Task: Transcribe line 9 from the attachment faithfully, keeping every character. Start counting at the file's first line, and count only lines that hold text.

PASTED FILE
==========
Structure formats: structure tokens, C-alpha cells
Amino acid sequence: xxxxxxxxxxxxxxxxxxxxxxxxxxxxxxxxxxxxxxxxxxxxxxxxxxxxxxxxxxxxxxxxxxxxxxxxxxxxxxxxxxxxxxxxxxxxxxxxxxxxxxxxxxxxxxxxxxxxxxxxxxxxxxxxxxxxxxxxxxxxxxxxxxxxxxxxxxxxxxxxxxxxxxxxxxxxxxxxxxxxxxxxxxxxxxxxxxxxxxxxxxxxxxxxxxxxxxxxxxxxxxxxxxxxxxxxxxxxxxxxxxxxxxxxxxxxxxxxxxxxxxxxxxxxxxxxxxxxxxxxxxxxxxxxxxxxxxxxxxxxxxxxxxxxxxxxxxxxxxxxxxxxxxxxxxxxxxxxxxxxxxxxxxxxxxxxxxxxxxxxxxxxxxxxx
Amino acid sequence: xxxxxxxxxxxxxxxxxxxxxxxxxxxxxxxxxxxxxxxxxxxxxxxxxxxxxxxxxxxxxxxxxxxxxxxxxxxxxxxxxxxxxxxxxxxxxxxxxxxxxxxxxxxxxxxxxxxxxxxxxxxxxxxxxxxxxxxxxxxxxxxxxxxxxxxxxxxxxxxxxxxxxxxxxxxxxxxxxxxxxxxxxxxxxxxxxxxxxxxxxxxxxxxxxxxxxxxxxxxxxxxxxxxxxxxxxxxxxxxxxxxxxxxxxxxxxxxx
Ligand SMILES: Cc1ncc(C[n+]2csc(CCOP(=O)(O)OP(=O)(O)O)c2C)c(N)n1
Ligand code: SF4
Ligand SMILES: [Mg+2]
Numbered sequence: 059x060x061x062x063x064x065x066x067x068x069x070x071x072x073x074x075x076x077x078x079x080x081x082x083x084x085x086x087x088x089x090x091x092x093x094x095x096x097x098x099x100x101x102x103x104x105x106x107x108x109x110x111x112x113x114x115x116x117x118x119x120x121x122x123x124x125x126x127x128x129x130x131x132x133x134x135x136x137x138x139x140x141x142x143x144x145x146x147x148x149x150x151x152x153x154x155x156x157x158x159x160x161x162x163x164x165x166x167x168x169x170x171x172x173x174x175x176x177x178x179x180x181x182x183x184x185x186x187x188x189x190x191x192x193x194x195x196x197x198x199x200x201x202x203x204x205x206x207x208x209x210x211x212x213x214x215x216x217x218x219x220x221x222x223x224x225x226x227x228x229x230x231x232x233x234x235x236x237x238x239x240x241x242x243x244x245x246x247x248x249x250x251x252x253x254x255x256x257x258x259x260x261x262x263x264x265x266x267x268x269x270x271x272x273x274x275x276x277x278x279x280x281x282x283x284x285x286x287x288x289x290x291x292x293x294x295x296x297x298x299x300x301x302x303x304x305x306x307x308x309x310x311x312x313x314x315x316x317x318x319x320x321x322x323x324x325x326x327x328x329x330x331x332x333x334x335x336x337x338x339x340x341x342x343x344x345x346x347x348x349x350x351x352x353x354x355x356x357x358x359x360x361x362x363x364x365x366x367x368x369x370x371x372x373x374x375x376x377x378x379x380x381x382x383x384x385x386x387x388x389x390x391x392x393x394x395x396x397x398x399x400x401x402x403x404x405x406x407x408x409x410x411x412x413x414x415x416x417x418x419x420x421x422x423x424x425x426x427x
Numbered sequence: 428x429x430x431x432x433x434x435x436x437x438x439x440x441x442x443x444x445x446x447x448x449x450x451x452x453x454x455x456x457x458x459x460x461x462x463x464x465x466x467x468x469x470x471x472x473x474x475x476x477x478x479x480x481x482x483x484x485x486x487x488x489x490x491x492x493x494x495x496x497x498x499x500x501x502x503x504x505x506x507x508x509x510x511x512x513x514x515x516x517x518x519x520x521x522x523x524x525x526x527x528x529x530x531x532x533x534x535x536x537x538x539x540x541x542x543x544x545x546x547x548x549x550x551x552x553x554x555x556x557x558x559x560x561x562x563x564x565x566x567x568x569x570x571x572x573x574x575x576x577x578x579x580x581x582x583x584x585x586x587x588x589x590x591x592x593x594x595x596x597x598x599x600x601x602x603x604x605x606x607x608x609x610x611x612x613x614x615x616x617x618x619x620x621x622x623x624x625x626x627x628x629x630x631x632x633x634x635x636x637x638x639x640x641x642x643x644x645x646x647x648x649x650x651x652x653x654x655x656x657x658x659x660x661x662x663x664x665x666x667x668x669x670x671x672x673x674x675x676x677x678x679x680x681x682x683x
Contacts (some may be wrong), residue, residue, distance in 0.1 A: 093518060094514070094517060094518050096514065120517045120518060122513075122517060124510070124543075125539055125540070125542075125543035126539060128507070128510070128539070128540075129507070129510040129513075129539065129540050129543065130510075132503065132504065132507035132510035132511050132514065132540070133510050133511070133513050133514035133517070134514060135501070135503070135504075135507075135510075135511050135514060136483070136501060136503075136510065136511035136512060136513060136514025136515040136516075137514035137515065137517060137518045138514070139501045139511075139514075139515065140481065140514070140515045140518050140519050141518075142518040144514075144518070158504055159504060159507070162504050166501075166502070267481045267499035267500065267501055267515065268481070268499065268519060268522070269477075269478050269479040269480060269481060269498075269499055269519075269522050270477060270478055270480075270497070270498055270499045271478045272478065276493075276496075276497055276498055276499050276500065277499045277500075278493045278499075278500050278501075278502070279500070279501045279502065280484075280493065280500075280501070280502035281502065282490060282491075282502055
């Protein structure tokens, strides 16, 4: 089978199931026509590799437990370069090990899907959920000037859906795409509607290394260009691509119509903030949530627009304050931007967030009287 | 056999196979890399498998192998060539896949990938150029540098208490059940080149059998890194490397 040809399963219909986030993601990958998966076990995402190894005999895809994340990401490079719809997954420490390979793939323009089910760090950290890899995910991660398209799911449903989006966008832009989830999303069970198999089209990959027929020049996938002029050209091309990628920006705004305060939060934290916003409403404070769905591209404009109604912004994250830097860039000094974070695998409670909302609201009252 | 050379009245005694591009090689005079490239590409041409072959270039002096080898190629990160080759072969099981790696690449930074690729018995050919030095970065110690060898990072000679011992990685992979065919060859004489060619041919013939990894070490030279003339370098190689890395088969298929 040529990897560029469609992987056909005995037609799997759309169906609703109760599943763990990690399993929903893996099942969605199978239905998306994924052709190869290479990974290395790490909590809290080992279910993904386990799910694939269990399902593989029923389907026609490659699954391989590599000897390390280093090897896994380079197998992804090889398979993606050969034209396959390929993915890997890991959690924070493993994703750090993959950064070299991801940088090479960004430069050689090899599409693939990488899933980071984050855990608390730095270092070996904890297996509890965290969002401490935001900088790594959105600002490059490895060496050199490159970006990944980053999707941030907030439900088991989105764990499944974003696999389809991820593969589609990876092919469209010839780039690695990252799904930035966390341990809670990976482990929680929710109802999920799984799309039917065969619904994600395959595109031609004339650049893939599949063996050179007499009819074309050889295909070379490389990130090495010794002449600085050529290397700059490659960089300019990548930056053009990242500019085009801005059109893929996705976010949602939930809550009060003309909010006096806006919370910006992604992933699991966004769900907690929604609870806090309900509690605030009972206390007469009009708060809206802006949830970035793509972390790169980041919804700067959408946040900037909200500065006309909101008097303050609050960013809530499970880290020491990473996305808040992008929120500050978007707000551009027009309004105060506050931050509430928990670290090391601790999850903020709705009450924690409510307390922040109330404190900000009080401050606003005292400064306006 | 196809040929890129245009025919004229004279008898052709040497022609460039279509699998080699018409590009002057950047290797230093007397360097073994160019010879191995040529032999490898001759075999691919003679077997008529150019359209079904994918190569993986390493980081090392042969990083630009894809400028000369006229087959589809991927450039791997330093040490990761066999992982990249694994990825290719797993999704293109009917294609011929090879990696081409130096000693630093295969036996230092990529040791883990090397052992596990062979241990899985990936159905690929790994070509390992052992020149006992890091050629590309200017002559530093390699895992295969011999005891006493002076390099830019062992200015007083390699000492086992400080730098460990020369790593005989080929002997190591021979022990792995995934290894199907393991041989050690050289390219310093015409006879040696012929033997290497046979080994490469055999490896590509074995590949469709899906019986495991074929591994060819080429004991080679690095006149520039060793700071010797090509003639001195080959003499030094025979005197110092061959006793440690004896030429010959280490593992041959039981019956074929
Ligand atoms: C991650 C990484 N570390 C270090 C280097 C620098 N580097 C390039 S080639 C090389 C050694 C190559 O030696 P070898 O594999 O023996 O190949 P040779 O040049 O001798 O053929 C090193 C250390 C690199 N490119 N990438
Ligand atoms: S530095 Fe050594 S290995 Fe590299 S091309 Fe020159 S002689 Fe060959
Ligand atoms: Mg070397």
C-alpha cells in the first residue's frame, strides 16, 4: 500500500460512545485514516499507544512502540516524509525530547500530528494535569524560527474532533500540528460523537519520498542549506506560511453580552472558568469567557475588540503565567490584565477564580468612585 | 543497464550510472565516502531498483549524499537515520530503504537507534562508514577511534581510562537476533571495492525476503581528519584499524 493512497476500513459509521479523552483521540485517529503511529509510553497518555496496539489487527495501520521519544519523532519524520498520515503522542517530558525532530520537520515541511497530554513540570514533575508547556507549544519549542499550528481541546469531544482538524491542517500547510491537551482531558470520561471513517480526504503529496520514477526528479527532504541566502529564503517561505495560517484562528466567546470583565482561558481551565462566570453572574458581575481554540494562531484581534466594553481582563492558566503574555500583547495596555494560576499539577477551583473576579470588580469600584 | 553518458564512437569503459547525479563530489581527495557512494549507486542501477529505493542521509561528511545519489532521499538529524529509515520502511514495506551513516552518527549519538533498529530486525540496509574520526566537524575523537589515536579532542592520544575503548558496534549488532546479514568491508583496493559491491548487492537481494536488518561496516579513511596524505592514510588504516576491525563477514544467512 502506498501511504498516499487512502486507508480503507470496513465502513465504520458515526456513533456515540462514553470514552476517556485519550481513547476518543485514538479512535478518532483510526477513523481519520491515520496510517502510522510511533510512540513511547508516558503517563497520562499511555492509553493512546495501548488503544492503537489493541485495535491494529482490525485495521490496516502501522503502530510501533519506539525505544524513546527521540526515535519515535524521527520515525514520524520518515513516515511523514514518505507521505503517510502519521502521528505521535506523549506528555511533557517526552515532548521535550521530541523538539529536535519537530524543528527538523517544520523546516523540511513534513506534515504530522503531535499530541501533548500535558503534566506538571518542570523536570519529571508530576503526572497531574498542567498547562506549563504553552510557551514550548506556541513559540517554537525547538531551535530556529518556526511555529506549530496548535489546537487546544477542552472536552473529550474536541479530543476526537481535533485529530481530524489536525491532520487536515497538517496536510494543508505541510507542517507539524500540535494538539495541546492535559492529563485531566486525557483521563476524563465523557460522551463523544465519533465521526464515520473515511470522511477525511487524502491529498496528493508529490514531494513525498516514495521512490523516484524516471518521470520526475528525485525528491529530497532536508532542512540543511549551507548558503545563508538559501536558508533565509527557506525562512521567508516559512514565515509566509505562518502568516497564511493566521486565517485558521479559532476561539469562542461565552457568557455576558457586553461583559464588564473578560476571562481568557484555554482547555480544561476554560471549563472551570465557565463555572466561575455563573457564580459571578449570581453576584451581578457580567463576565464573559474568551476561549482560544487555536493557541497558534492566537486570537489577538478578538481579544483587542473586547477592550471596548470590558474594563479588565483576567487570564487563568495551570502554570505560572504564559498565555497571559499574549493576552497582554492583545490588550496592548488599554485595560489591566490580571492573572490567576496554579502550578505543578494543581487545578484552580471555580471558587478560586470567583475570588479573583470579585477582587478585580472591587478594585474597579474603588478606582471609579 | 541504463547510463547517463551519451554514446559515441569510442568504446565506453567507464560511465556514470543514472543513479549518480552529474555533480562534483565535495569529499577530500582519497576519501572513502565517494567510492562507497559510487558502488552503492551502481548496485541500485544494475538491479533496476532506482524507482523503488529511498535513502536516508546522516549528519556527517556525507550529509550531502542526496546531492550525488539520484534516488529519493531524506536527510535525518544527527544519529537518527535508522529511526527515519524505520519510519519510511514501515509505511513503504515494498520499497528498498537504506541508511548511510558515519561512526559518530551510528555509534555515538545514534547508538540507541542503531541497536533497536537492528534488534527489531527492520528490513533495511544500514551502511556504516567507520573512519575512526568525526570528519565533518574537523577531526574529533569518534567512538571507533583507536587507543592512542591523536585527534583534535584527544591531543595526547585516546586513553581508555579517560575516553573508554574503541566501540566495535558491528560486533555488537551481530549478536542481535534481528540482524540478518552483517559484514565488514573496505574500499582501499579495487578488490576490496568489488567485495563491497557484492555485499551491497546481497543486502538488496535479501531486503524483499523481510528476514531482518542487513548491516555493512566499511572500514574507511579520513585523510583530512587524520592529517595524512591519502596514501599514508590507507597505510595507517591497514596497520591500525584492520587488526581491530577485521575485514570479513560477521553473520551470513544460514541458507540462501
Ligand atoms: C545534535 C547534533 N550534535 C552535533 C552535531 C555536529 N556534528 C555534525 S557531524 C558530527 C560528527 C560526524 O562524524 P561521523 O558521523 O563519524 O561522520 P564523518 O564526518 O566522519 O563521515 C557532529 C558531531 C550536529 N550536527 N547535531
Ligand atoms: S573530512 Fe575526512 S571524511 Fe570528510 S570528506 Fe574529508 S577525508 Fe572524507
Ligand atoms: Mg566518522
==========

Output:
Contacts (some may be wrong), residue, residue, distance in 0.1 A: 093518060094514070094517060094518050096514065120517045120518060122513075122517060124510070124543075125539055125540070125542075125543035126539060128507070128510070128539070128540075129507070129510040129513075129539065129540050129543065130510075132503065132504065132507035132510035132511050132514065132540070133510050133511070133513050133514035133517070134514060135501070135503070135504075135507075135510075135511050135514060136483070136501060136503075136510065136511035136512060136513060136514025136515040136516075137514035137515065137517060137518045138514070139501045139511075139514075139515065140481065140514070140515045140518050140519050141518075142518040144514075144518070158504055159504060159507070162504050166501075166502070267481045267499035267500065267501055267515065268481070268499065268519060268522070269477075269478050269479040269480060269481060269498075269499055269519075269522050270477060270478055270480075270497070270498055270499045271478045272478065276493075276496075276497055276498055276499050276500065277499045277500075278493045278499075278500050278501075278502070279500070279501045279502065280484075280493065280500075280501070280502035281502065282490060282491075282502055